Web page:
As Nigeria continues to prepare for Cameroon in her quest for another World Cup outing, we keep tapping knowledge from those whose opinions and experiences in the round leather game cannot be ignored. One of such persons is chief John Mastoroudes, former founder and Chairman of defunct Leventis United that took Nigeria football by storm over two decades ago.
The respected elder statesman, who turned 70 recently, had as far back as 1992, at an event organized by the Sportswriters Association of Nigeria (SWAN), identified major causes of our past World Cup failures. Nothing has changed between that time and now.
According to him; Nigeria’s football structure is very inadequate and loose. He insists that the system has to be over- hauled with a view to making it solid and result-oriented. For instance, the way our so-called professional football teams were being run then/now, leaves much to be desired. Much as the league was expected to stumble in the formative years, it ought to have started firming up by now in his opinion. This unfortunately is not the case.
Professionalism, if clubs were to give true meaning to it, he explained, would mean being economically viable. But our clubs are still groping because the proprietors have not been serious enough about breaking away from the Nigerian mentality; the mentality of haphazard preparations, lack of good planning or no planning at all; a kind of hand-to-mouth way of living.
“Many clubs still distribute free complimentary tickets to their friends and government officials; they cannot man their gates effectively, and, they do not market their teams well. In the end, they complain that they can’t raise enough funds and so, they pay the players poor salaries and bonuses. Sometimes, they can’t even afford to pay at all until subventions come from somewhere. Yet, it is these players that we expect to play well and ultimately represent Nigeria and take us to the World Cup?”
Over the years, Mastoroudes advocated a very strong and well managed football league in Nigeria because he believes that is where to nurture a strong national team from. He maintains that reasons why our national team is dominated by foreign-based players today is because our league is weak. The home based players are competing for places from a disadvantaged positioned. Otherwise, how do we reconcile a situation where an average player leaves the country today and becomes a super-star once he gets abroad? The reason is simple; he is not motivated to achieve his potentials at home.
Frankly, the boardroom guru also identified administration as another sour area hindering the development of the game in Nigeria as he observed, administration has remained more or less at mediocre level for too long. For example; we have continued to run our professional league with amateur mentality that allows a lot of laxity. In his view, a bad football administration must naturally bring forth a bad national side which goes ahead to get bad results. He explained however that the practitioners are not to blame per se, because they have been mostly civil servants who cannot take very crucial decisions without having to contend with the so-called ‘order from above’. But while officials are still struggling with protocol, our football suffers.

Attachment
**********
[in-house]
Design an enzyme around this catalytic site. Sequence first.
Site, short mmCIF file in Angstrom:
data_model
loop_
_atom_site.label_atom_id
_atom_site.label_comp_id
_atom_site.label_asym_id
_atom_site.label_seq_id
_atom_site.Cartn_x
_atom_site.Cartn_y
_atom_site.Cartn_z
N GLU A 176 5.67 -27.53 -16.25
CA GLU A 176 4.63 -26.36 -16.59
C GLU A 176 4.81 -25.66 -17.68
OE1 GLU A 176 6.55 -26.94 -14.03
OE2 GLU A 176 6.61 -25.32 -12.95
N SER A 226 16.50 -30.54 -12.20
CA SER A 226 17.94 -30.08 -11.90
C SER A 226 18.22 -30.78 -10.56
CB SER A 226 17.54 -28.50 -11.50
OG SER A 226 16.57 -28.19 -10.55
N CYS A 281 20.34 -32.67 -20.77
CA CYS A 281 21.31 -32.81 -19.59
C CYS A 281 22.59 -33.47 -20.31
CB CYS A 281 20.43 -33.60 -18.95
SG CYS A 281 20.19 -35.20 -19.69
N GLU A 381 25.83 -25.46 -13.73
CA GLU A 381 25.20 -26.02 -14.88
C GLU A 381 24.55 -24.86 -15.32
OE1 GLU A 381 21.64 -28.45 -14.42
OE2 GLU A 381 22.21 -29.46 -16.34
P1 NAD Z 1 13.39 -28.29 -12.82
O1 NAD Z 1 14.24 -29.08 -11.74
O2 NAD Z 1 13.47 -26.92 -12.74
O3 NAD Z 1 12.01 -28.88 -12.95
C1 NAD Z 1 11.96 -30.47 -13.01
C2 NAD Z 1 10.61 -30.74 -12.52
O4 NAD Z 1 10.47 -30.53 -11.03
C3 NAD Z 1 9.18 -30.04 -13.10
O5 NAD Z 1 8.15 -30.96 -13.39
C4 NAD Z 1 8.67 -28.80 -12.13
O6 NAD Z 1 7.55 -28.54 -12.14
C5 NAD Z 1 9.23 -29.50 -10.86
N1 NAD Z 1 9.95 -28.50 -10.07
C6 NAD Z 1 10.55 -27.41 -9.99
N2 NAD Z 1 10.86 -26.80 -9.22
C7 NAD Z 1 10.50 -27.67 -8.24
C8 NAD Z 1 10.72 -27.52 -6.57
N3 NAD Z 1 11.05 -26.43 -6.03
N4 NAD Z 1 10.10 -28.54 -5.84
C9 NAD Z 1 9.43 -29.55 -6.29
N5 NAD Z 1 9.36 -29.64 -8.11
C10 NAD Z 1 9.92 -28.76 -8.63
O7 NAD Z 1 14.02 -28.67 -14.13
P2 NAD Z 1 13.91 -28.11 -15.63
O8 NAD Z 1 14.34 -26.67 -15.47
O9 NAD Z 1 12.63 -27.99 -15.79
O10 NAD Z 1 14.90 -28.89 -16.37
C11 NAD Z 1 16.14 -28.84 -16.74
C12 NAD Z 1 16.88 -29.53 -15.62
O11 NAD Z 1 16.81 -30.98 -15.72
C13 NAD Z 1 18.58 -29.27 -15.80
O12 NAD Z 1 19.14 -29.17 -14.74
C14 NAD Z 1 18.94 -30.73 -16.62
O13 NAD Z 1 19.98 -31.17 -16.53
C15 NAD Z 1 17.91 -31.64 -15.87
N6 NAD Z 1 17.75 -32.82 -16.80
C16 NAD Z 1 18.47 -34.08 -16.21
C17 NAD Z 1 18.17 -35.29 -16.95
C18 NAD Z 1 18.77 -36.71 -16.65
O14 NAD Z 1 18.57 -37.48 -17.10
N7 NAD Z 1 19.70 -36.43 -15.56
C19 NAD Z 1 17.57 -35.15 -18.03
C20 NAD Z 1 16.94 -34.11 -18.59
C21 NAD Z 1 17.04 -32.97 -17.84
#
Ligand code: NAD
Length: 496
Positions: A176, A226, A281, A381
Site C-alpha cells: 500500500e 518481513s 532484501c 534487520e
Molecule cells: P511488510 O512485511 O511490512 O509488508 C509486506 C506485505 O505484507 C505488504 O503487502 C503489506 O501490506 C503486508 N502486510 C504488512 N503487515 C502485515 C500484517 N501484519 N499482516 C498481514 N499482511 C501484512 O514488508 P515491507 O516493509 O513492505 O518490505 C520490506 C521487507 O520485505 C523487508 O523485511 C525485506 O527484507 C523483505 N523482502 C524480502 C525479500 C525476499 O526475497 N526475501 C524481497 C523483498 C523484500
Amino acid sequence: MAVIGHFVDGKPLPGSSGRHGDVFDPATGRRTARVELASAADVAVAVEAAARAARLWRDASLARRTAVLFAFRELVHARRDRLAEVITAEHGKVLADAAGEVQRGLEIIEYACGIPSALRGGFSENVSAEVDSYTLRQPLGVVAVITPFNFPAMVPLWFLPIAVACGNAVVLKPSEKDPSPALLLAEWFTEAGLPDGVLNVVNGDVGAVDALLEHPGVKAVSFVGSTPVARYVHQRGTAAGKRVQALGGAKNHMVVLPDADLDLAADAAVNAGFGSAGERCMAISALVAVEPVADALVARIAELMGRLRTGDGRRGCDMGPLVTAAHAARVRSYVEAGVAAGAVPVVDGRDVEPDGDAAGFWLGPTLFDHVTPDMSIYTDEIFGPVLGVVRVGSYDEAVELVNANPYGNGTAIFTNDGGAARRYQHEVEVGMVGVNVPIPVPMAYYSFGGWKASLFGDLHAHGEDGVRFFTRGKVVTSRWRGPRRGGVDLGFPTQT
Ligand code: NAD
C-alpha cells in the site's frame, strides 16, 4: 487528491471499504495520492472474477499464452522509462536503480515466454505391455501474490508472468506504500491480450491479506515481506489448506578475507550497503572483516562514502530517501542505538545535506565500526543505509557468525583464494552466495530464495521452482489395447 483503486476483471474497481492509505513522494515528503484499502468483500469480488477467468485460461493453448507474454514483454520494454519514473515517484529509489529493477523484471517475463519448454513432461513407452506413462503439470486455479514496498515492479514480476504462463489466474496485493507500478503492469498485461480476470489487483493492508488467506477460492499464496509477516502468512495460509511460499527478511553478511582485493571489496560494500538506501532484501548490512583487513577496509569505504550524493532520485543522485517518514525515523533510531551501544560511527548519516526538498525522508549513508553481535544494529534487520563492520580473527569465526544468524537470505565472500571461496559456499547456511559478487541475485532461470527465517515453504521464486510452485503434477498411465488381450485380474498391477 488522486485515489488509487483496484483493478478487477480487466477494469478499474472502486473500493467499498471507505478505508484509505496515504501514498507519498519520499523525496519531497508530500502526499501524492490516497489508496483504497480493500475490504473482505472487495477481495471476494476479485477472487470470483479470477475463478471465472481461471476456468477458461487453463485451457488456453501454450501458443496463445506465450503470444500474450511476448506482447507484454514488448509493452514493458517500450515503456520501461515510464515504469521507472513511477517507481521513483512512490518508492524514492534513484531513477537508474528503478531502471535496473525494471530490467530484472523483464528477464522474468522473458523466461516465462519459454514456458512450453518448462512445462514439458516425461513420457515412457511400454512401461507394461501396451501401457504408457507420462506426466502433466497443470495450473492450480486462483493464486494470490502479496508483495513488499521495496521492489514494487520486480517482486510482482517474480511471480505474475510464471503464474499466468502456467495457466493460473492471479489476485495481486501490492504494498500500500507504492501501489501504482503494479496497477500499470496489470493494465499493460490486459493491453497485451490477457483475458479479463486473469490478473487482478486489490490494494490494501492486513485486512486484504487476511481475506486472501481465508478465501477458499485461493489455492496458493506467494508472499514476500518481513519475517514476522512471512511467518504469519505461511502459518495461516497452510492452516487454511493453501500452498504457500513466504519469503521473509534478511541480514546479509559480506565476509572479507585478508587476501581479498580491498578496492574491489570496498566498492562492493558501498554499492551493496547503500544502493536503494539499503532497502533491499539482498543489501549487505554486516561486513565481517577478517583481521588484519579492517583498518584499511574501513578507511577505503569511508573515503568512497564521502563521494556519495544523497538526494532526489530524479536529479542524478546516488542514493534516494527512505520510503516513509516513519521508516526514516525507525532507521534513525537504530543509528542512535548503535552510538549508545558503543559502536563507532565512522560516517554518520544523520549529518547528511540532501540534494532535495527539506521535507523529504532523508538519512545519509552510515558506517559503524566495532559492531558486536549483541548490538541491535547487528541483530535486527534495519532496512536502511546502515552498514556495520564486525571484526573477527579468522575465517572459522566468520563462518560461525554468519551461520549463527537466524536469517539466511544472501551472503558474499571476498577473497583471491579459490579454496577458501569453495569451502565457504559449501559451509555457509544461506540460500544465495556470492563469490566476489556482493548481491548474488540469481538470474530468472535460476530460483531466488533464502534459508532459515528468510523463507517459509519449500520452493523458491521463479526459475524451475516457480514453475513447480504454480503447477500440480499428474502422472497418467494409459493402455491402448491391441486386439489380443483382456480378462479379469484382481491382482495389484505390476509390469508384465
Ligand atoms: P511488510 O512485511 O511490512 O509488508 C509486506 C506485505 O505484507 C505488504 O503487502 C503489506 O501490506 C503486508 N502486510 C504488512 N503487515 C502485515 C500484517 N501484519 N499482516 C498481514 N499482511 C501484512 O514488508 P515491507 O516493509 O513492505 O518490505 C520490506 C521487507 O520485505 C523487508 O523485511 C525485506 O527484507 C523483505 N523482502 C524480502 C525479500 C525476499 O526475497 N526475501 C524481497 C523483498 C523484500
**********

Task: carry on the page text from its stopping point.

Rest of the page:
In his opinion, football administration should not be left in the hands of civil servants who are constrained by government red-tapism. Disciplined technocrats and professionals with private sector background are the people who run football all over the world.
Closely related to this is the indiscriminate change of the technical crew. He gave example of 1989 World Cup qualifier against Cameroon when Clemens Westerhof was brought to take over from Paul Hamilton barely weeks to a crucial match, describing it as a gross act of misjudgment that had grave consequences. He warned that on no account should any NFF or government official interfere with the technical aspect of the national teams. The Ibadan based technocrat, however expects the coaches to be flexible in their dealings with players irrespective of their off the pitch conduct or where they are based.
Turning to the players, Mastoroudes advised that they must be patriotic, disciplined and committed to the success of the national team. They should not make frivolous requests and excuses or ask for outrageous privileges which can cause disaffection in camp. The players, both home and foreign based must see themselves as one and the same, he remarked. If they can maintain good code of conduct , they will together achieve their ultimate dream of playing at the World Cup again.
John Mastoroudes then released what he calls his vision: That we must establish a BASIS for the national team today. By basis, I mean six or seven players who will be “regular regulars”(please accept my coinage) in the Super Eagles. These six-seven players must be well-tested and proved capable of representing us consistently from now till the World Cup. Age must be on their side. Every game we play, they MUST be there. Even if we play against Togo or Benin, the six-seven are there. They will form the core of the national team and the rest of the team will be built around them. I am always amused when I hear people talk about “blending” the national team. They want the foreign based to arrive weeks before a game so that they can “blend” with the home-based. What is blending? Nothing! There is nothing like blending in football and that is the truth.”
Fellow Nigerians, is anybody listening?
•Till next week, keep attacking.